Abyssinia Business Network /ABN/ 10 Questions

By Aklile Tsige /ABN/

ABN June 2019 edition brings you a well-known photographer, Solomon Bogale Cherewho was born in 1984 and grew up in the Ethiopian capital Addis Ababa at the locality known as Sidist Kilo. Solomon has completed his secondary education at Teferi Mekonnen secondary school. Obsessed with his childhood dream-painting, Solomon has made relentless efforts to scale up his potential in photography at early age.

Currently running the famous photography center, Sol Image, he has extraordinarily made his way to be one of the renowned and leading photographers in the metropolis. He has traveled to Las Vegas, Washington DC and other parts of the US to take pictures for a Nigerian film-making group as a celebrity photographer.Aklile Tsigetalks to Solomon on various issues, including his background and vision.

ABN: How did you get into the photography profession, and how long have you been in the profession?

Solomon:I used to love paintings during my childhood. I was highly motivated by cartoons which finally pushed me forward to embark on doing paintings. Actually all begin on a day when I have taken picture at a birthday party at home; it was printed out and all beloved ones applauded and appreciated me for that particular trial. Then after I started to keep going with it and I became so interested. So I have been working as a photographer with passion since 2004.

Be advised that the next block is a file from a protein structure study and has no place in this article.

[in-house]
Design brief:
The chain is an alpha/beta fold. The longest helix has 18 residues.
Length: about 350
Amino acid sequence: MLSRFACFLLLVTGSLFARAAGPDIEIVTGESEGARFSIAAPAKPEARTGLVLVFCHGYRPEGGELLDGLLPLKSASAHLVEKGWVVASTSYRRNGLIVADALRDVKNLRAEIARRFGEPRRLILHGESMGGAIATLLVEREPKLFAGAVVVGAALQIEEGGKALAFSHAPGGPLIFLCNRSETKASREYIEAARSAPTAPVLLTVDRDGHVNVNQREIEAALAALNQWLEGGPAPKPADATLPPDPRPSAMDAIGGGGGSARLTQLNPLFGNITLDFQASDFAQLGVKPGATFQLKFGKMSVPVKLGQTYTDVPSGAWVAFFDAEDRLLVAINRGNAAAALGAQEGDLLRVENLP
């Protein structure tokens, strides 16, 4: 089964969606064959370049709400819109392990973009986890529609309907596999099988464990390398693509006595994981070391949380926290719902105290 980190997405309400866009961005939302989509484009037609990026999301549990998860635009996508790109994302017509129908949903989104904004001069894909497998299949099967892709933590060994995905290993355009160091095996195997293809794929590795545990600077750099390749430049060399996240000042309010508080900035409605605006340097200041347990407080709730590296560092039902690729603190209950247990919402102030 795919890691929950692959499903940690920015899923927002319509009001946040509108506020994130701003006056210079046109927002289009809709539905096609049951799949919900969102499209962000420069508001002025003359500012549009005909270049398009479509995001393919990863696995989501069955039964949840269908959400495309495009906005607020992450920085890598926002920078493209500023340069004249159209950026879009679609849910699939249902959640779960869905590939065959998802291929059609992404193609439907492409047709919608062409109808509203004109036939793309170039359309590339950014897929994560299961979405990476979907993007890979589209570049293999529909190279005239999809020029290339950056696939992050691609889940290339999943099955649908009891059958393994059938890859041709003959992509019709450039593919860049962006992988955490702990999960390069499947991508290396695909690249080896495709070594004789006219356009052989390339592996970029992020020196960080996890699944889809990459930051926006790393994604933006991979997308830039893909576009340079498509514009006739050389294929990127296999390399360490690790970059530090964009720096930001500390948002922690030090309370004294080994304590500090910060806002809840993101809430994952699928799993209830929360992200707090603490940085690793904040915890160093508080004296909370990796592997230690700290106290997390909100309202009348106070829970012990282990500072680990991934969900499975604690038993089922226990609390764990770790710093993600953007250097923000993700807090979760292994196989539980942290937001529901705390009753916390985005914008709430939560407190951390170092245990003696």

ABN: What does photography mean to you?

Solomon: Photography for me is moment, showing what eyes need to see. It’s all about capturing things which are hidden somewhere we cannot notice. Photographyis life; Photography exists in all of us; you need photo for your ID, you need to have photo if you want to buy a car. There is nothing where photo doesn’t present. Even man needs to have a photograph after his death. Thus, photograph is life. We mostly don’t recognize this fact.

ABN: Which one of your works is your favorite? Why?

Solomon: I, indeed, love all my works of photography; the one I’ve taken at Bole Medihanealem Church, a photograph showing smoky incense, I like that very much. An old woman at Mount.Entoto carrying bundles of firewood, that’s also a very fascinating one. I also like the photograph I’ve taken at Lalibella Also the picture I’ve taken at Los Angeles Airport. I like them all very much since they remind me of the moments.

ABN: How do you educate yourself to take better photos?

Solomon: I have been taking various photography courses being given in Ethiopia by foreign professionals, and through the assistance provided by some embassies. I also try to upscale my profession by using information communication technologies like the internet, visiting appropriate YouTube channels; there’s no as such photography school to continue at a higher and more advanced one. I strongly hold the belief that photography is advancing every time, so we need to update ourselves as professionals.

ABN: What’s the most difficult part of being a photographer for you?